13 February 2009

Cyberstalking and You

A brief guide to staying safe online

Email, instant messaging and social media websites are ubiquitous, convenient and useful forums for networking, doing business or just staying in touch. But there is a dark side, which may often be very upsetting for the victim--that of being stalked or harassed online. Anyone who uses the Internet can be subjected to Cyberstalking, which can occur in many ways. According to Wikipedia, Cyberstalking may be defined as

the use of information and communications technology, particularly the Internet, by an individual or group of individuals, to harass another individual, group of individuals, or organization. The behavior includes false accusations, monitoring, the transmission of threats, identity theft, damage to data or equipment, the solicitation of minors for sexual purposes, and gathering information for harassment purposes. The harassment must be such that a reasonable person, in possession of the same information, would regard it as sufficient to cause another reasonable person distress.[1]

It's very easy for an anonymous person to forge emails, making it look like messages are being sent by someone else. If the messages contain personal details combined with insults or obscene images, it can be very upsetting for the recipients, especially if they think the mail is genuine. Furthermore, it's possible to make anonymous phone calls over the Internet which are untraceable (without the resources of major governments or law enforcement agencies).

Usually, the person being Cyberstalked (if not a celebrity) knows their stalker, or has engaged in online discussions which triggered that behavior in some stranger. Examples might include the ex-partner from a relationship gone bad, political antagonists, fired ex-employees, or predatory individuals with a sexual motivation.

The results of Cyberstalking can often be very distressing for the victims and their family, and in extreme cases have led to serious mental health issues, including attempted suicide. Where the subject of the attacks is a minor, their physical safety may also be at risk, especially if grooming is being used by suspected pedophiles.

Young people don't always use social media sites in responsible ways, and parental guidance and regular monitoring of online activities is often recommended. Parents need to inform themselves of the risks of online activities, and educate their children in keeping themselves safe. Some simple guidelines might include:

  • Don't exchange emails and photographs of yourself with people you've never met
  • Don't assume that the person you meet online is who they say they are -- digital identities are malleable
  • Don't use a webcam like a bathroom mirror
  • Never open unknown attachments from strangers, and use up-to-date anti-virus software
  • If you with to meet someone you know from online, take a friend or parent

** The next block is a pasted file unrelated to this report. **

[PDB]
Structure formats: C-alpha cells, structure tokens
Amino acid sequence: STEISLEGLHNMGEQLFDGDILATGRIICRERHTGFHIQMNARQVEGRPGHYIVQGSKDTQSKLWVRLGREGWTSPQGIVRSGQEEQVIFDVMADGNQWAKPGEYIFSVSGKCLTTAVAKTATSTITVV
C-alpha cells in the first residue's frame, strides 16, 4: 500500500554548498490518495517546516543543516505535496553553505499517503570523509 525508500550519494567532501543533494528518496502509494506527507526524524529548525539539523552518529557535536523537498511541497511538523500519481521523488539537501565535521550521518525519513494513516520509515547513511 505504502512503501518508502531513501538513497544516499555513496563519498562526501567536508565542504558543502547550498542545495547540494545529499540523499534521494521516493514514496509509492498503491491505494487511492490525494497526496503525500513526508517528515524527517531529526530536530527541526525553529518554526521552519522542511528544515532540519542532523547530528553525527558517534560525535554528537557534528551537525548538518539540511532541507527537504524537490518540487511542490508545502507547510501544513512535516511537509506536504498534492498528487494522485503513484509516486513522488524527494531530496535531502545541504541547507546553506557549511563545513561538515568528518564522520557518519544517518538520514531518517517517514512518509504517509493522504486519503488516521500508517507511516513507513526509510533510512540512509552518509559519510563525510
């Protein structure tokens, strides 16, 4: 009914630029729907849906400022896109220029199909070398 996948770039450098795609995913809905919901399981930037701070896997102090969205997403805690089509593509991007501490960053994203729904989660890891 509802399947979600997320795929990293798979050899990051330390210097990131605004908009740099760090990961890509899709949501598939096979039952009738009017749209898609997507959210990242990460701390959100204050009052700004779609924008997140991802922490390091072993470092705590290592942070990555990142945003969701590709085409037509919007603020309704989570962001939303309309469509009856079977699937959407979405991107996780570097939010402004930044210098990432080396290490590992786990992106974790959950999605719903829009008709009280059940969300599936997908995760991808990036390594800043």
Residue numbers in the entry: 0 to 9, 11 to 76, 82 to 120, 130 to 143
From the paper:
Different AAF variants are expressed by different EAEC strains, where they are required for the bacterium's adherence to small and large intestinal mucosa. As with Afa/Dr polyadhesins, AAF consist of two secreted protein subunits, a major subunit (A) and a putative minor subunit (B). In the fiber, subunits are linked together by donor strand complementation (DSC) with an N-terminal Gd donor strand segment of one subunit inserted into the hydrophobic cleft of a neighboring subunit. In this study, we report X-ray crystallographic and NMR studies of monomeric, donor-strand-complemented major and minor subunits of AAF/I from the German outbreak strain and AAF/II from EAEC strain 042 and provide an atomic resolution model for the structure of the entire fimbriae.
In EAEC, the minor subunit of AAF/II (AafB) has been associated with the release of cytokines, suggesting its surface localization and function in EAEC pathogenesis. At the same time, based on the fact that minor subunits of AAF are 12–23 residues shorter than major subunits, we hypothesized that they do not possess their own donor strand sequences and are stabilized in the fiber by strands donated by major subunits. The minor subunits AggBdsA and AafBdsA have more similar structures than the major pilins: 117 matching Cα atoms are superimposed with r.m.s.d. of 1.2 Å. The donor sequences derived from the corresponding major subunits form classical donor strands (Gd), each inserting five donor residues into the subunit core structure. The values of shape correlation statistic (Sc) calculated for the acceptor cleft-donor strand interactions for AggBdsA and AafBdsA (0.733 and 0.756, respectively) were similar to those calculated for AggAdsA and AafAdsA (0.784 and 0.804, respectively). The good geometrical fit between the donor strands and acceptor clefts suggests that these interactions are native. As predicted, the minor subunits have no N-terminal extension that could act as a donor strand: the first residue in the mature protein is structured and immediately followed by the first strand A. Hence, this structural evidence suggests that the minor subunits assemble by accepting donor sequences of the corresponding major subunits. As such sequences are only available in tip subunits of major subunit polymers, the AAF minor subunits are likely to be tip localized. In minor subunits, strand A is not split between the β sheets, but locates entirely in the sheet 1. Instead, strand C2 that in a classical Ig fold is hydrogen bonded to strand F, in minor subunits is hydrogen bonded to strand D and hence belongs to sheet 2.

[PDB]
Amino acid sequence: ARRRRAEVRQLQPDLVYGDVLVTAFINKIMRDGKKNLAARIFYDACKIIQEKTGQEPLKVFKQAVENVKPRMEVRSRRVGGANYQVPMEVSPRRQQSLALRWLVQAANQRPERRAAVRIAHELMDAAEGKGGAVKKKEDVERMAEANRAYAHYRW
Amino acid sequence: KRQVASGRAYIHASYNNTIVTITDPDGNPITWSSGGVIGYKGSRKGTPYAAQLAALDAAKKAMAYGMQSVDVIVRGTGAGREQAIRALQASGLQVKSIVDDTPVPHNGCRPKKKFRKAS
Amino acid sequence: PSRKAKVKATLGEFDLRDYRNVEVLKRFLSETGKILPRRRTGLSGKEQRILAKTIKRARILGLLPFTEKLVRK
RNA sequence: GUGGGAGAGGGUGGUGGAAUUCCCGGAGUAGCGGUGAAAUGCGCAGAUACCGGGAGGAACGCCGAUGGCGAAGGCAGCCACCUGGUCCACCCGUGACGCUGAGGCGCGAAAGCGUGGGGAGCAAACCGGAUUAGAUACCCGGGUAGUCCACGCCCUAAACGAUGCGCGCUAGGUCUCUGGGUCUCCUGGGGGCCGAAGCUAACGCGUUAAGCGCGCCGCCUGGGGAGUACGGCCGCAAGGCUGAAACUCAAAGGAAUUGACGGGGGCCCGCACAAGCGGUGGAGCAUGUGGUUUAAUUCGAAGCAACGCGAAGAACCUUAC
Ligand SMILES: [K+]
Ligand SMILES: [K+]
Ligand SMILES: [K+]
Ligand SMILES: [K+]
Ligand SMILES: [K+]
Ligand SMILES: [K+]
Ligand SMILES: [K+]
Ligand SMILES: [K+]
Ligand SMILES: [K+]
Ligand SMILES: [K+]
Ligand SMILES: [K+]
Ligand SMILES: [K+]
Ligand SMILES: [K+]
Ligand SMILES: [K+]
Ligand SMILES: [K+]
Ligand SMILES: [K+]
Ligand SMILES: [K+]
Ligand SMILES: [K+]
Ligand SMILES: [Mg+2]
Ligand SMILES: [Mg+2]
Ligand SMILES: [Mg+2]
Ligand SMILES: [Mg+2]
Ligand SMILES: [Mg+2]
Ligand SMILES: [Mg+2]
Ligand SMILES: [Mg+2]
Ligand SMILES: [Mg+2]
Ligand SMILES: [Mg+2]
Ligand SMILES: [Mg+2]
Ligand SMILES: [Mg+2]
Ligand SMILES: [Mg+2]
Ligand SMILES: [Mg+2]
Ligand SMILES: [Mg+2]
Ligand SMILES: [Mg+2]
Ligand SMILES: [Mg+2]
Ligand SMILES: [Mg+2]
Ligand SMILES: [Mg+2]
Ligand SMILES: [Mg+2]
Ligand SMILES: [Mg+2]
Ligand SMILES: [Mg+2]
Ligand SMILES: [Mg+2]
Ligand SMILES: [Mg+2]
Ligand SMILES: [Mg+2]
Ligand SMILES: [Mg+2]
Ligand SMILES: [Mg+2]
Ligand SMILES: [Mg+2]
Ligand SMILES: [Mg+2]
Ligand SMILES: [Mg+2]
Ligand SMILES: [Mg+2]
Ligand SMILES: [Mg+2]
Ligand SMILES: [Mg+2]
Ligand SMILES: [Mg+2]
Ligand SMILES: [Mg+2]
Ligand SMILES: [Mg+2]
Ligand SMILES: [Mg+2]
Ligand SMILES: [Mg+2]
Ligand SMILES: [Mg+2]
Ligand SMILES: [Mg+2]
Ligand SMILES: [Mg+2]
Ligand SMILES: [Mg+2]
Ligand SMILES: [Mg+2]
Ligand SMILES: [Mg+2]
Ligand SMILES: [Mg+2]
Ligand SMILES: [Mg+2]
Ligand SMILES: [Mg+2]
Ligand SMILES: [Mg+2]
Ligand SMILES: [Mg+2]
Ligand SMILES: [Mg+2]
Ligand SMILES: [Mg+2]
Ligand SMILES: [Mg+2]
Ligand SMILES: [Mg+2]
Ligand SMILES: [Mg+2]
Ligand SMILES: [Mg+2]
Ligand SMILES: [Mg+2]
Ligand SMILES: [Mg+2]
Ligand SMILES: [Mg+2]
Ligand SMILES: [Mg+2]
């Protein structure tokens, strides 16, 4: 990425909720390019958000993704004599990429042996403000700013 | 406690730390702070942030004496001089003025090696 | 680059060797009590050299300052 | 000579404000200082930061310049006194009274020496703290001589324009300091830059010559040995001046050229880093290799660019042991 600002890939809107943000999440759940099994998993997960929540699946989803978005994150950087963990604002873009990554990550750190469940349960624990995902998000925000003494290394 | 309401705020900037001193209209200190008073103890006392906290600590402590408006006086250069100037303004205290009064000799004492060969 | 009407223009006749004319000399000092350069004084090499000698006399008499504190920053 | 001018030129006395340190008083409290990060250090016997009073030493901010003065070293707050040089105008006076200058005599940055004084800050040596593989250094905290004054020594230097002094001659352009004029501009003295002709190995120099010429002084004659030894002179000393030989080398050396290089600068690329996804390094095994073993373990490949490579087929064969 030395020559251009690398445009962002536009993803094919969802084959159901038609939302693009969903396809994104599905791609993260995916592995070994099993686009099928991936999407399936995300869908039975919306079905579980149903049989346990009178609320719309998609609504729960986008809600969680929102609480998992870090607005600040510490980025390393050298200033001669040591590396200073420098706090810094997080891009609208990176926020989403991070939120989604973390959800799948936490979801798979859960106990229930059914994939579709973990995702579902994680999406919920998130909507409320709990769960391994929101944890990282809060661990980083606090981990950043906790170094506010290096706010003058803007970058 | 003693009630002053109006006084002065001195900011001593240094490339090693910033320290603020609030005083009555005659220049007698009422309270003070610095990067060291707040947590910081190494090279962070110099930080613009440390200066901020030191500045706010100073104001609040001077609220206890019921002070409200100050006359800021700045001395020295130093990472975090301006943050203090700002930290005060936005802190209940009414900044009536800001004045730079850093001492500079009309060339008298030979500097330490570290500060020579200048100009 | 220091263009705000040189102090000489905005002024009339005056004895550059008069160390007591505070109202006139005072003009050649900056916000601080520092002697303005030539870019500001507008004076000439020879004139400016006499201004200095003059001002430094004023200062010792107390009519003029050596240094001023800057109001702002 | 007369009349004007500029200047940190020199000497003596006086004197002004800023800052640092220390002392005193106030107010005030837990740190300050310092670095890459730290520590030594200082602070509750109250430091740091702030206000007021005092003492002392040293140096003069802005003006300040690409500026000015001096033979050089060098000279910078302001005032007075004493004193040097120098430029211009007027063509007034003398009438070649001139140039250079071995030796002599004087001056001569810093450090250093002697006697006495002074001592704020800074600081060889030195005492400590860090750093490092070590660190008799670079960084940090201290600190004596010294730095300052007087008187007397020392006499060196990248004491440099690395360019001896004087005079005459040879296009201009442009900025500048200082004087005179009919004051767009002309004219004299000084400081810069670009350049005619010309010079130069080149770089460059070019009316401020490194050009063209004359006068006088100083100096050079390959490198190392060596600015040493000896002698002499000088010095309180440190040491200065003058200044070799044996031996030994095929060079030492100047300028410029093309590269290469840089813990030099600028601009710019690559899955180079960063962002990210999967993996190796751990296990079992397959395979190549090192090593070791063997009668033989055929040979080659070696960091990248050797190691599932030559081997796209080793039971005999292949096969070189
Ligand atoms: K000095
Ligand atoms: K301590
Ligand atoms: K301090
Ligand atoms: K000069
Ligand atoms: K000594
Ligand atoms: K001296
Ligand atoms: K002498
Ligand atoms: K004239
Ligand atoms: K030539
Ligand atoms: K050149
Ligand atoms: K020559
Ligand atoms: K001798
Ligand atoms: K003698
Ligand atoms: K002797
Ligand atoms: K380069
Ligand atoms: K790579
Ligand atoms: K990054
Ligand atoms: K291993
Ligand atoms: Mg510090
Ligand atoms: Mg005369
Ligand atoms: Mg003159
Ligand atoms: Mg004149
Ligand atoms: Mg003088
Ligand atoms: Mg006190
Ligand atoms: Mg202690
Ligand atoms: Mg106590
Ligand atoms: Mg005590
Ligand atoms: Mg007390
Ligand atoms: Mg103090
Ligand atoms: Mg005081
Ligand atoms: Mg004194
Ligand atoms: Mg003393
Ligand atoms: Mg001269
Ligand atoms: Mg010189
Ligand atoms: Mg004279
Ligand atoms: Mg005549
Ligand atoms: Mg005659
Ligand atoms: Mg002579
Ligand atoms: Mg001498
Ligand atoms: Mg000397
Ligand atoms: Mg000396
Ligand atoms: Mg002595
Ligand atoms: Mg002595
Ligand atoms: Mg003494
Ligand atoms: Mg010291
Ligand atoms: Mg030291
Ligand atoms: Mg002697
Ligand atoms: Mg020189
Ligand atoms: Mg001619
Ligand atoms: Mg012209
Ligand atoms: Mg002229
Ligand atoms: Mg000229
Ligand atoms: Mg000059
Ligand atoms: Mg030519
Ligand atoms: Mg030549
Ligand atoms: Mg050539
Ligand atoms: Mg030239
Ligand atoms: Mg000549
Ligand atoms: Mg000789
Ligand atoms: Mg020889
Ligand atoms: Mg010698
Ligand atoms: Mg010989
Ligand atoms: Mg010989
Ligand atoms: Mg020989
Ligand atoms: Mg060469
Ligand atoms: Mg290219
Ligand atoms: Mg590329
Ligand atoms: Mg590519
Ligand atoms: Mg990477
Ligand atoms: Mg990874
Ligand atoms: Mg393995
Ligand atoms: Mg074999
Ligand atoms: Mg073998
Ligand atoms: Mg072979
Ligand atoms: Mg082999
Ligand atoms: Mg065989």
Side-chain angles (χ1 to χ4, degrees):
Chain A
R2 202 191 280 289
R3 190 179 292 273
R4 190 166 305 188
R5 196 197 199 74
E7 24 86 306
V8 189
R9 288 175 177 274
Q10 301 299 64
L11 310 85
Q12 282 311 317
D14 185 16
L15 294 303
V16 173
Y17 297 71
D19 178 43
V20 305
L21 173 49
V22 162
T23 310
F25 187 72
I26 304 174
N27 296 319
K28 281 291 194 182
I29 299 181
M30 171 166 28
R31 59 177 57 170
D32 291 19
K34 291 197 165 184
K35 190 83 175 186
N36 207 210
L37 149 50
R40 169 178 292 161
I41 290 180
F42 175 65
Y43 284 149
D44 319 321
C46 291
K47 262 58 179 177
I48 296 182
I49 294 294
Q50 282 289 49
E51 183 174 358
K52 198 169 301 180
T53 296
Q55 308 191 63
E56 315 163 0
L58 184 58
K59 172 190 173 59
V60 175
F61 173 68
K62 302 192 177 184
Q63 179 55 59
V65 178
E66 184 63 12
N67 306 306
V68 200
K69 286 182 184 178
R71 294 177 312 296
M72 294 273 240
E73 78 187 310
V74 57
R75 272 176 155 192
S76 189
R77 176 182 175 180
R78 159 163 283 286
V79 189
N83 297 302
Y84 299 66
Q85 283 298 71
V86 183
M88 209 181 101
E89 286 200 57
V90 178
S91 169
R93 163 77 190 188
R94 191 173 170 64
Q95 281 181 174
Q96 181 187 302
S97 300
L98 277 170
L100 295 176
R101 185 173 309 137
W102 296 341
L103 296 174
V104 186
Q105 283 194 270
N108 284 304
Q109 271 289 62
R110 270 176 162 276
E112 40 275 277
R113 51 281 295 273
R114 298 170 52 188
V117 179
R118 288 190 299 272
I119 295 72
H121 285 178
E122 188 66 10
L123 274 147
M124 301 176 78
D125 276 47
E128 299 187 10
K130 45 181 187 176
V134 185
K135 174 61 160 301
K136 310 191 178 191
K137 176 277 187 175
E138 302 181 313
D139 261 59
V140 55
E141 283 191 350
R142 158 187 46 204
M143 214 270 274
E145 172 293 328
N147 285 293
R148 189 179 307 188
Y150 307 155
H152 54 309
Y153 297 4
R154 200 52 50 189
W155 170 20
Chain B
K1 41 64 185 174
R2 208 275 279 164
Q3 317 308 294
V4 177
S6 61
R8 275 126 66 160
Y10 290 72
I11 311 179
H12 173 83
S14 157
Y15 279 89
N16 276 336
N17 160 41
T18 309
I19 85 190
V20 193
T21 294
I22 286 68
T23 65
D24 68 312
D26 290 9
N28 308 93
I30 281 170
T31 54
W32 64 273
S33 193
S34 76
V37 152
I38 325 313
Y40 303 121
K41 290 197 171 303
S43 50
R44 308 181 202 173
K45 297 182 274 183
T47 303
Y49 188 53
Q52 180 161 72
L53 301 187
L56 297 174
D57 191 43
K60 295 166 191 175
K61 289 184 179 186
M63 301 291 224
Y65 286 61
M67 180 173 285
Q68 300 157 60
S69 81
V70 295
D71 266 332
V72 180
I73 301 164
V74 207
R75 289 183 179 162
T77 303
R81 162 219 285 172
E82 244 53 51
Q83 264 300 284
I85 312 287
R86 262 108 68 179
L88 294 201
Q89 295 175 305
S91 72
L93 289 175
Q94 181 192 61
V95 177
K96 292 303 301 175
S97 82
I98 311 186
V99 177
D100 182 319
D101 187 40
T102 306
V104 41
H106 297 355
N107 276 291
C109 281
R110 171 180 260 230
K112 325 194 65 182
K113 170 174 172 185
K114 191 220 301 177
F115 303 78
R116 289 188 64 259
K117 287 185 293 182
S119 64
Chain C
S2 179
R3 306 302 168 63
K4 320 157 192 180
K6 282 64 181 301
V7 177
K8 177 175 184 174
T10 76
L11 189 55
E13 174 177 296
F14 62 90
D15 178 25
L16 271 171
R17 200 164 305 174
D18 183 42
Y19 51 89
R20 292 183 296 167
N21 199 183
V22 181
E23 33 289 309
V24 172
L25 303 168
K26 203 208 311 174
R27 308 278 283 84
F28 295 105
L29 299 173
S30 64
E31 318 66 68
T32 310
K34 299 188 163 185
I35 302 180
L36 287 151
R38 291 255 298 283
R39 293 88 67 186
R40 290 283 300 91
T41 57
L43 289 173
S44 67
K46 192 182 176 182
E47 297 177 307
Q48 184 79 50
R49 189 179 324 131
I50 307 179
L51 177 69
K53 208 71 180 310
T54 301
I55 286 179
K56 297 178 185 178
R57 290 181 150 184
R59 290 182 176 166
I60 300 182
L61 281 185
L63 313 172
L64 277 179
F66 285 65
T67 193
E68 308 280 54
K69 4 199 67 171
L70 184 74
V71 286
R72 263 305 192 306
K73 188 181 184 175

• Educate your child about the risks of "stranger danger"
  • Always assume that if you send someone naked pictures of yourself, they are likely to be shared with strangers

Young people are likely to have a false sense of security when online. They may engage in attention-seeking behavior, where they seek to validate their sense of self-worth by craving the approval of others, even strangers. Blogging and twittering are popular social communications, but have their extreme cases. Some people seem to invite unwanted attention, such as the case in January 2009 of "Boxxy", a young woman with plenty to say. Her videos on Youtube generated tens of thousands of fans, and many others who couldn't stand her, with escalation of hostilities between the two camps leading to death threats, Cyberstalking, flame wars and distributed denial of services attacks on web sites (such as the popular message board 4chan.org, that originated the LOLcats meme.)

Organizations and cults are often high-profile targets for abuse, such as the Church of Scientology (along with some of its most prominent converts like Tom Cruise and John Travolta). Such organizations often employ professionals who track down and use legal threats to silence their critics, although the actions in 2008 of the international group that call themselves "Anonymous" showed that it's easy to hide your identity on the Internet.

Usually, however, Cyberstalking is more personal, with a single individual attempting to harass or threaten their intended victim. The target of such harassment has few options. Unless there is evidence of a direct physical threat to safety, it is rare for a complaint to the Police to be useful. However, establishing a paper trail through an official complaint might be useful later when seeking to take out a restraining order against a particular individual.

Targeted individuals may sometimes have their accounts or email hacked, especially if they use poor password selection policies. Immediate complaints to the abuse departments of the relevant websites can sometimes help, but will likely take weeks or months for action. Sometimes, the better choice is to create new accounts, and contact all friends personally to let them know that correspondence from the old accounts should be ignored. Related to this is the important step of making backup copies of all contact information and personal documents, which is good practice under any circumstances.